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ERNEST FOX NICHOLS, 1909-1916
The appointment of Ernest Fox Nichols as the 10th president in the Wheelock Succession could be seen as both a reflection of the times and a tribute to the quality of Dartmouth's faculty. A member of the physics department and its chair at the time of his appointment, Nichols' pioneering work in the measurement of radiation expanded the frontiers of knowledge at the turn of the last century. He was the first Dartmouth president since John Wheelock who was not a member of the clergy, yet his deep appreciation of the importance of broad-based scholarship to the moral and spiritual growth of students was internationally recognized. Many of the College's most cherished institutions and traditions took shape during the Nichols administration, including the Dartmouth Outing Club and Winter Carnival. In addition, to improve communications between Dartmouth and its growing body of graduates, President Nichols established the Council of Alumni.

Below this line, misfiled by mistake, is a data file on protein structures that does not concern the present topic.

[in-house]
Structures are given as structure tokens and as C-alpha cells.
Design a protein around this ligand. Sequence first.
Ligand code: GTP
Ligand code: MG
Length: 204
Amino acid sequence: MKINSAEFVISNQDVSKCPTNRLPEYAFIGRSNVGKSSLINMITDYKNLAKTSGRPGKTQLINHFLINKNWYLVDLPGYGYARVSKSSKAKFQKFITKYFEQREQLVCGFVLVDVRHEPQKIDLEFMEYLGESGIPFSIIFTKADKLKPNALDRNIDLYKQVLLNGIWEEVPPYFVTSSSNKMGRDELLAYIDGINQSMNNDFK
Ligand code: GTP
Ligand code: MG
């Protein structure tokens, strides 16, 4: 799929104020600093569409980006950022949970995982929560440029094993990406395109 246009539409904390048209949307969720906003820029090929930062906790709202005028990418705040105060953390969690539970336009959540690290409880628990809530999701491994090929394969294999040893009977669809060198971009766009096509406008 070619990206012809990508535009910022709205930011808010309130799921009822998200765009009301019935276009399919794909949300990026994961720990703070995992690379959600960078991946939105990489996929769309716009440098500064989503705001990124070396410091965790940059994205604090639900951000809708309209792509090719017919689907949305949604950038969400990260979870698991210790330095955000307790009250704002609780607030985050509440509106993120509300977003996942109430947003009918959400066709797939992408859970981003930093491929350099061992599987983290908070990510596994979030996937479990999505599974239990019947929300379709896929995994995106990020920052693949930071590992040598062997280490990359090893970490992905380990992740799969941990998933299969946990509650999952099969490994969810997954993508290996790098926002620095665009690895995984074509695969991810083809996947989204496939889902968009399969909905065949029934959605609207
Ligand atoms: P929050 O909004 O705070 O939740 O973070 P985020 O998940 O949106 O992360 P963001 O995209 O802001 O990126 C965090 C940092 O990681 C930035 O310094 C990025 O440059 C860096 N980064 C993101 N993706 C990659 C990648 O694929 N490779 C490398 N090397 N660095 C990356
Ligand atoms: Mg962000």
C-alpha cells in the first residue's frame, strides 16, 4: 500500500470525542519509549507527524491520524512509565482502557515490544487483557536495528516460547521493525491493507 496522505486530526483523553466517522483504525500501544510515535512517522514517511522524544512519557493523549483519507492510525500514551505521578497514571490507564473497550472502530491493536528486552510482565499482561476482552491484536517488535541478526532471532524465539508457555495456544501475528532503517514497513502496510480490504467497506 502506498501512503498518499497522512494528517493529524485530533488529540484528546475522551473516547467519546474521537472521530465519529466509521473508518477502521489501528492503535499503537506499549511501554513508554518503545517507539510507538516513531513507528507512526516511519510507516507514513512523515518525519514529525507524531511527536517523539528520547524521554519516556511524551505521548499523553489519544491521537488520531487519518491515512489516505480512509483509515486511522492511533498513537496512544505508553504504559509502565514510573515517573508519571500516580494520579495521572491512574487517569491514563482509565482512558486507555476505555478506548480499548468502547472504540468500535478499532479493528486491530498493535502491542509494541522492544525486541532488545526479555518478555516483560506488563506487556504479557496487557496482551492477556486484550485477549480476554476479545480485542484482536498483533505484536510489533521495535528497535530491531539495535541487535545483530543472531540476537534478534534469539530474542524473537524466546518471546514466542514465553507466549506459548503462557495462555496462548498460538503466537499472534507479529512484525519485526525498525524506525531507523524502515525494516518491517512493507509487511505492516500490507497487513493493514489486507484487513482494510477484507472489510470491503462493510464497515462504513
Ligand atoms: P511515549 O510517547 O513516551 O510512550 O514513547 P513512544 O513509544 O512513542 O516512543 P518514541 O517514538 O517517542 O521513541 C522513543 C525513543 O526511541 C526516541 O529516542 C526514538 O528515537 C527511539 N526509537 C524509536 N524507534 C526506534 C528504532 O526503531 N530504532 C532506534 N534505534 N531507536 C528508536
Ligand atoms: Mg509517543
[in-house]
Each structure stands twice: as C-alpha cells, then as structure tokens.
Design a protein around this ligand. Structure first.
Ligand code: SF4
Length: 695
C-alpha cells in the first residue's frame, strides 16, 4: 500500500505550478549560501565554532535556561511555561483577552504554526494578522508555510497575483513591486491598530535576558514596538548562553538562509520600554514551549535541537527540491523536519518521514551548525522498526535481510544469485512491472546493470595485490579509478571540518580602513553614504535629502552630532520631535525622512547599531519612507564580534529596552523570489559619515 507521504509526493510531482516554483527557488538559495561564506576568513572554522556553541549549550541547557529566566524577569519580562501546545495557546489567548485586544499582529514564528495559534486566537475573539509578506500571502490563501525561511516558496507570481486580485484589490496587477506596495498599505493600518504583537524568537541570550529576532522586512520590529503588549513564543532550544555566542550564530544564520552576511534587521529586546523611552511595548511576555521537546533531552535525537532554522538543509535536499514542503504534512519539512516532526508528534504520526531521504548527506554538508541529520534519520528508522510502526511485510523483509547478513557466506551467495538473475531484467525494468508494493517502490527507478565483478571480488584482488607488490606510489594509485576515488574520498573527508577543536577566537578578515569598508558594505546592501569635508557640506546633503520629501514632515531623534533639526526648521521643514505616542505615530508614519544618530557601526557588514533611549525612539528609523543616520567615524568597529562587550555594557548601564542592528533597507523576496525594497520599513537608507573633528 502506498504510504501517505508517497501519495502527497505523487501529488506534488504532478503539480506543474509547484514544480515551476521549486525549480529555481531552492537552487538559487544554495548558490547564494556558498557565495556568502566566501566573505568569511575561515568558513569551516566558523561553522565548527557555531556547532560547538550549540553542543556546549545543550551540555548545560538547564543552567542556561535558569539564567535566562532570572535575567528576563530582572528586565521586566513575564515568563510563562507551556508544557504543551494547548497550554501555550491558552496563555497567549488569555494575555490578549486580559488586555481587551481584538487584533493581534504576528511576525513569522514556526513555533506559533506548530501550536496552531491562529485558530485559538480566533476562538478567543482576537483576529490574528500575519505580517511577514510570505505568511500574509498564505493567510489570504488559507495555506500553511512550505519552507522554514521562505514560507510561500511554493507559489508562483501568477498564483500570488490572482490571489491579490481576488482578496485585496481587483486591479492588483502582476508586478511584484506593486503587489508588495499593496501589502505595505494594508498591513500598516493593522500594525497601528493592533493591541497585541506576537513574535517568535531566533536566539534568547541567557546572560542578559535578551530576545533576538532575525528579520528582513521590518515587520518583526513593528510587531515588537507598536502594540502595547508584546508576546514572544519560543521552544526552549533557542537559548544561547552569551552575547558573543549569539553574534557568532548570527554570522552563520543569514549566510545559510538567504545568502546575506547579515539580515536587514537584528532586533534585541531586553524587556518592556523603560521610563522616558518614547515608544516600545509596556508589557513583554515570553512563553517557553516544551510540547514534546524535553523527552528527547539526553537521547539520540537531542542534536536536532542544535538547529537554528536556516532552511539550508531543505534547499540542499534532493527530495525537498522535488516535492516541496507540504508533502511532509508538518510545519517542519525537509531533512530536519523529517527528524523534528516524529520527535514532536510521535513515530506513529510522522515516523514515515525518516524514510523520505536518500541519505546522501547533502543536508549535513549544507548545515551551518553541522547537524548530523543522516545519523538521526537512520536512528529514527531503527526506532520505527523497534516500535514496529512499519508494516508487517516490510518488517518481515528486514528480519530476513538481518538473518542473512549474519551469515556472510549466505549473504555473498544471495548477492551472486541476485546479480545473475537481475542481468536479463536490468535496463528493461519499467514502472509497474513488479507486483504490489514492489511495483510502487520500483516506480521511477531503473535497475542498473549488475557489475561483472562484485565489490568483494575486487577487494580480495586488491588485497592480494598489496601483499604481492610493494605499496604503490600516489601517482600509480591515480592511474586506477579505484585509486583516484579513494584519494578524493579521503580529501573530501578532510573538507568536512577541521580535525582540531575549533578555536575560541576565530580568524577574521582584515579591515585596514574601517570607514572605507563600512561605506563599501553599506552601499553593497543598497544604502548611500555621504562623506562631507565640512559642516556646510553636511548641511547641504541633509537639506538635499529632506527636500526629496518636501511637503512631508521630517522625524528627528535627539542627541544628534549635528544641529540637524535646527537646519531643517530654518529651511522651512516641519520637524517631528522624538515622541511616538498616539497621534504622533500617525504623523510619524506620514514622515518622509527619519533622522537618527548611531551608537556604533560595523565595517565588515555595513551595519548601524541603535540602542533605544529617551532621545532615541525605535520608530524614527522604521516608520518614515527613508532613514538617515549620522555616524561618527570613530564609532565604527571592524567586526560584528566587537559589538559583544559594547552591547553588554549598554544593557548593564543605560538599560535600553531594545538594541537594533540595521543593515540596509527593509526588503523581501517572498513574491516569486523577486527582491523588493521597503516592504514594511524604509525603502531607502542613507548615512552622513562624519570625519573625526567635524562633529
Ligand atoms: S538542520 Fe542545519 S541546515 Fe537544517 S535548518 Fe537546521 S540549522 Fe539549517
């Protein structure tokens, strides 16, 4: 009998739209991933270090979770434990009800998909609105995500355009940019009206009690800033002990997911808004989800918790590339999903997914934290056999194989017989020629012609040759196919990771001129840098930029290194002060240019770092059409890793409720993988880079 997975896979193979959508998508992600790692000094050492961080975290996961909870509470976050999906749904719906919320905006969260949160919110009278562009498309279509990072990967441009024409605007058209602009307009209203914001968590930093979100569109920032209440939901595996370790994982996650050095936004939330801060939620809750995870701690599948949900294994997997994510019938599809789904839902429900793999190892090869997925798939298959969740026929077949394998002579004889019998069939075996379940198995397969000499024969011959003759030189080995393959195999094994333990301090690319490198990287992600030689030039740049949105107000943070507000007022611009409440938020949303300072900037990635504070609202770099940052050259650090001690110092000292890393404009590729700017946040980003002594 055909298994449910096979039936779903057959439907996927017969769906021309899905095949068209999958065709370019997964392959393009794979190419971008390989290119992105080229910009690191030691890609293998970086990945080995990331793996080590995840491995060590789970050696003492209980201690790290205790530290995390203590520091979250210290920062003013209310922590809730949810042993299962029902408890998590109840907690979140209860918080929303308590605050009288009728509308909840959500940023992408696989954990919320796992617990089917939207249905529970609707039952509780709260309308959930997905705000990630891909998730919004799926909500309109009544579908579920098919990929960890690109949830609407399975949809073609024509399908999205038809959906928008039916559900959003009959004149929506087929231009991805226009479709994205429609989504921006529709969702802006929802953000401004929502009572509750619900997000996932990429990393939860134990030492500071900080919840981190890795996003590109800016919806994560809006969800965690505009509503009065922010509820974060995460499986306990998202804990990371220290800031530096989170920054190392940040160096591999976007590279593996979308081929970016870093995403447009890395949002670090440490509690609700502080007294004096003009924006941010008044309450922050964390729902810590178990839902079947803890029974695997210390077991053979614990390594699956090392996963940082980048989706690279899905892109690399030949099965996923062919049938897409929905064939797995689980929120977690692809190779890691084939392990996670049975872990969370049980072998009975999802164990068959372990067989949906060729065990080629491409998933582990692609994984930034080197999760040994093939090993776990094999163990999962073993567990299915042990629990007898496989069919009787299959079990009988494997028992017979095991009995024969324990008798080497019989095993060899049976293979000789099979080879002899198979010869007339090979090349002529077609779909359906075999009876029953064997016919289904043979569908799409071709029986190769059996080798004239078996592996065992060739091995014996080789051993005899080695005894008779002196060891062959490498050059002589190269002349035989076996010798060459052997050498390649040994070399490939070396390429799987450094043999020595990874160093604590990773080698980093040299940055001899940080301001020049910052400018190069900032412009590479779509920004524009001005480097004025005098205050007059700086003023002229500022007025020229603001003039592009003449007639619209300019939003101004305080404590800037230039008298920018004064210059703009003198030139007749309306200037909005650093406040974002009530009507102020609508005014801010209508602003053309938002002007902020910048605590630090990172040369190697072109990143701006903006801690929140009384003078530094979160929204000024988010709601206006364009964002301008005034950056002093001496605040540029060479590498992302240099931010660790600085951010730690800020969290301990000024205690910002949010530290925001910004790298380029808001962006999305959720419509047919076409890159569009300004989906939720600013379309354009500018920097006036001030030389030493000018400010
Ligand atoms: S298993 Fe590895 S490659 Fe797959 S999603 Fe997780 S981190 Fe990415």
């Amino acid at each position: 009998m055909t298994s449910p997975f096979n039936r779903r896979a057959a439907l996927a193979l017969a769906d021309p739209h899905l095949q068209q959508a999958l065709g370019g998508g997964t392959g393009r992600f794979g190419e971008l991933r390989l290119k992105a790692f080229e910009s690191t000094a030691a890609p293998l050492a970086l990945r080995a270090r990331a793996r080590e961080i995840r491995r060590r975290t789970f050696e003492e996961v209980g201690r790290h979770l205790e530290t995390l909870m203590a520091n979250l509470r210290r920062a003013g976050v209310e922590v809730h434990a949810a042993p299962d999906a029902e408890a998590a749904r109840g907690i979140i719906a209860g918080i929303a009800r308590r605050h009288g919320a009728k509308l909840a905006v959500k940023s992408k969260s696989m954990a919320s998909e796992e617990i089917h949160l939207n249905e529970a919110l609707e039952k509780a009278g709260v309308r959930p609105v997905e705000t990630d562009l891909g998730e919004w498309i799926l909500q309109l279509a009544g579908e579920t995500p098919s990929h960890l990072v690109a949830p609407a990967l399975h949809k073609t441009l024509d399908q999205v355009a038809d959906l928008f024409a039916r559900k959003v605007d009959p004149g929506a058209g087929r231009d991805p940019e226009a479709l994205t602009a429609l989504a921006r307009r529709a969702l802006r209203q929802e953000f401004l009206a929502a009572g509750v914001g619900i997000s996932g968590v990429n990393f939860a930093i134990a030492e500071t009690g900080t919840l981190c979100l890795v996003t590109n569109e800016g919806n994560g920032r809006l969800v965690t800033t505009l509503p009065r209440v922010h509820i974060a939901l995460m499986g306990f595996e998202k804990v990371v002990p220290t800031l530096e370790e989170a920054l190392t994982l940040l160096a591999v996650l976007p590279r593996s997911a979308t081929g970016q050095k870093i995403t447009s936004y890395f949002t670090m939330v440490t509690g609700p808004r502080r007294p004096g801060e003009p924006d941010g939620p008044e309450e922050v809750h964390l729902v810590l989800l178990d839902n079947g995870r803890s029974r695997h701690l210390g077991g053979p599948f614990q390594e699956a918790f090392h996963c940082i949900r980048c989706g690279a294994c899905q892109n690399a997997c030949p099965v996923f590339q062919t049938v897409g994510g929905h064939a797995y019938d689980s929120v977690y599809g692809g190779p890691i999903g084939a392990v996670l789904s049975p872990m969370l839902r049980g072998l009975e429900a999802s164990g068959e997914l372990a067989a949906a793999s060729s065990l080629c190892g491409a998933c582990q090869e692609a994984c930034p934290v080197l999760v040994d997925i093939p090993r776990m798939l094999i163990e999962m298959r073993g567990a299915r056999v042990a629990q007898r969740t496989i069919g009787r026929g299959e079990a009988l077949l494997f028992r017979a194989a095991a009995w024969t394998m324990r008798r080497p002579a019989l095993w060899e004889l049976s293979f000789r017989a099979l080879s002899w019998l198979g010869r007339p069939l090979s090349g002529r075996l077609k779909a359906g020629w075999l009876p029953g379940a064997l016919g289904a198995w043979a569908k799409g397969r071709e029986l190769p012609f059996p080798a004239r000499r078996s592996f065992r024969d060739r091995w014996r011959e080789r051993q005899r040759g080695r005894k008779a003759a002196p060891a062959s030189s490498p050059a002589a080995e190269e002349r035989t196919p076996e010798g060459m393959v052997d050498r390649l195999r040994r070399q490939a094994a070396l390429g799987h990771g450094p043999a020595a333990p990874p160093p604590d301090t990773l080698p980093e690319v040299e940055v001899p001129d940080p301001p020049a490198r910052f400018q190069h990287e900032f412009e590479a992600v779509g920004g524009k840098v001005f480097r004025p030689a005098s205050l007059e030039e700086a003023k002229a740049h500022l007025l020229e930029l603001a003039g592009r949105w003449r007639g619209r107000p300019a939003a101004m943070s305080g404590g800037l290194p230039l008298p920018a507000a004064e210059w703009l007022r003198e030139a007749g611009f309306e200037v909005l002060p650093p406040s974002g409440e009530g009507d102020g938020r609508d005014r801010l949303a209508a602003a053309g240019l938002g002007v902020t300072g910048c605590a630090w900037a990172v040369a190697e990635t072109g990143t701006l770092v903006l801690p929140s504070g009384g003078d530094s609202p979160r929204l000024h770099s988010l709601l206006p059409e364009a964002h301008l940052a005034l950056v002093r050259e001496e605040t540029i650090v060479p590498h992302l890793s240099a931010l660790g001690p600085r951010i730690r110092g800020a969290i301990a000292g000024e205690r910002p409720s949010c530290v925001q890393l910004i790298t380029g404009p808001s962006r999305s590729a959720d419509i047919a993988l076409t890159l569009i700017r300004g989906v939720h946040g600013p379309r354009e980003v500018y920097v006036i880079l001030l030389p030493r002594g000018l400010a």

Ernest Fox Nichols stepped down in 1916 to become a professor of physics at Yale and subsequently became president of the Massachusetts Institute of Technology.